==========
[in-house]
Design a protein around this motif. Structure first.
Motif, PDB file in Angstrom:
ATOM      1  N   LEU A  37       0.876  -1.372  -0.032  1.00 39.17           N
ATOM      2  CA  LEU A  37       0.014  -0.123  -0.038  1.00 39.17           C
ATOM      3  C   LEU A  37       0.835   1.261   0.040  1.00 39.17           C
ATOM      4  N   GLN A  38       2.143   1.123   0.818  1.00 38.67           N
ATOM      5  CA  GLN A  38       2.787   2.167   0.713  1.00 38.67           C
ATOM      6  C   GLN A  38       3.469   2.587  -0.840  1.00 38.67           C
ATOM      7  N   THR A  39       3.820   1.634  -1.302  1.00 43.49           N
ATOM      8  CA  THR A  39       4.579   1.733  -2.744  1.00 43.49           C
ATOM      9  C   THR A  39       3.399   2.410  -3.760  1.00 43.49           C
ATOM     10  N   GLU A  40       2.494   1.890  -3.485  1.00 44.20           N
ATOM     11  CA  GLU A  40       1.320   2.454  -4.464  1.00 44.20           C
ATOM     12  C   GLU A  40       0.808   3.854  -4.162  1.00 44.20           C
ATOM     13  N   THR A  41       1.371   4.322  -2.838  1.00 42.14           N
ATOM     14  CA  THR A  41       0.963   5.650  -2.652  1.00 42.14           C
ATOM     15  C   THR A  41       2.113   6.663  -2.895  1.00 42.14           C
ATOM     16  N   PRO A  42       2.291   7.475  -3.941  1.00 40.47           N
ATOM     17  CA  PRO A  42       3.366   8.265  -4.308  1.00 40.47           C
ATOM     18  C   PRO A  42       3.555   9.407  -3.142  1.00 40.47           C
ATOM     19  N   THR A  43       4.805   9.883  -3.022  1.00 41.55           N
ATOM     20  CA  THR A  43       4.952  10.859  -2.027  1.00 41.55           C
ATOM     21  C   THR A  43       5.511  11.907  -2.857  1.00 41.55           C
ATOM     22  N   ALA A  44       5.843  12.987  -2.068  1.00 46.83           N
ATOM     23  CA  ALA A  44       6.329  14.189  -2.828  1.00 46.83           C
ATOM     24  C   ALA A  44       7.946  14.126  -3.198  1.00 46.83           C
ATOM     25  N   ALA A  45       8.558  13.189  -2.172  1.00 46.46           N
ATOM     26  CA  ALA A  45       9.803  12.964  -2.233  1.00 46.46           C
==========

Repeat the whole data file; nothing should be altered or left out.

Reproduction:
[in-house]
Design a protein around this motif. Structure first.
Motif, PDB file in Angstrom:
ATOM      1  N   LEU A  37       0.876  -1.372  -0.032  1.00 39.17           N
ATOM      2  CA  LEU A  37       0.014  -0.123  -0.038  1.00 39.17           C
ATOM      3  C   LEU A  37       0.835   1.261   0.040  1.00 39.17           C
ATOM      4  N   GLN A  38       2.143   1.123   0.818  1.00 38.67           N
ATOM      5  CA  GLN A  38       2.787   2.167   0.713  1.00 38.67           C
ATOM      6  C   GLN A  38       3.469   2.587  -0.840  1.00 38.67           C
ATOM      7  N   THR A  39       3.820   1.634  -1.302  1.00 43.49           N
ATOM      8  CA  THR A  39       4.579   1.733  -2.744  1.00 43.49           C
ATOM      9  C   THR A  39       3.399   2.410  -3.760  1.00 43.49           C
ATOM     10  N   GLU A  40       2.494   1.890  -3.485  1.00 44.20           N
ATOM     11  CA  GLU A  40       1.320   2.454  -4.464  1.00 44.20           C
ATOM     12  C   GLU A  40       0.808   3.854  -4.162  1.00 44.20           C
ATOM     13  N   THR A  41       1.371   4.322  -2.838  1.00 42.14           N
ATOM     14  CA  THR A  41       0.963   5.650  -2.652  1.00 42.14           C
ATOM     15  C   THR A  41       2.113   6.663  -2.895  1.00 42.14           C
ATOM     16  N   PRO A  42       2.291   7.475  -3.941  1.00 40.47           N
ATOM     17  CA  PRO A  42       3.366   8.265  -4.308  1.00 40.47           C
ATOM     18  C   PRO A  42       3.555   9.407  -3.142  1.00 40.47           C
ATOM     19  N   THR A  43       4.805   9.883  -3.022  1.00 41.55           N
ATOM     20  CA  THR A  43       4.952  10.859  -2.027  1.00 41.55           C
ATOM     21  C   THR A  43       5.511  11.907  -2.857  1.00 41.55           C
ATOM     22  N   ALA A  44       5.843  12.987  -2.068  1.00 46.83           N
ATOM     23  CA  ALA A  44       6.329  14.189  -2.828  1.00 46.83           C
ATOM     24  C   ALA A  44       7.946  14.126  -3.198  1.00 46.83           C
ATOM     25  N   ALA A  45       8.558  13.189  -2.172  1.00 46.46           N
ATOM     26  CA  ALA A  45       9.803  12.964  -2.233  1.00 46.46           C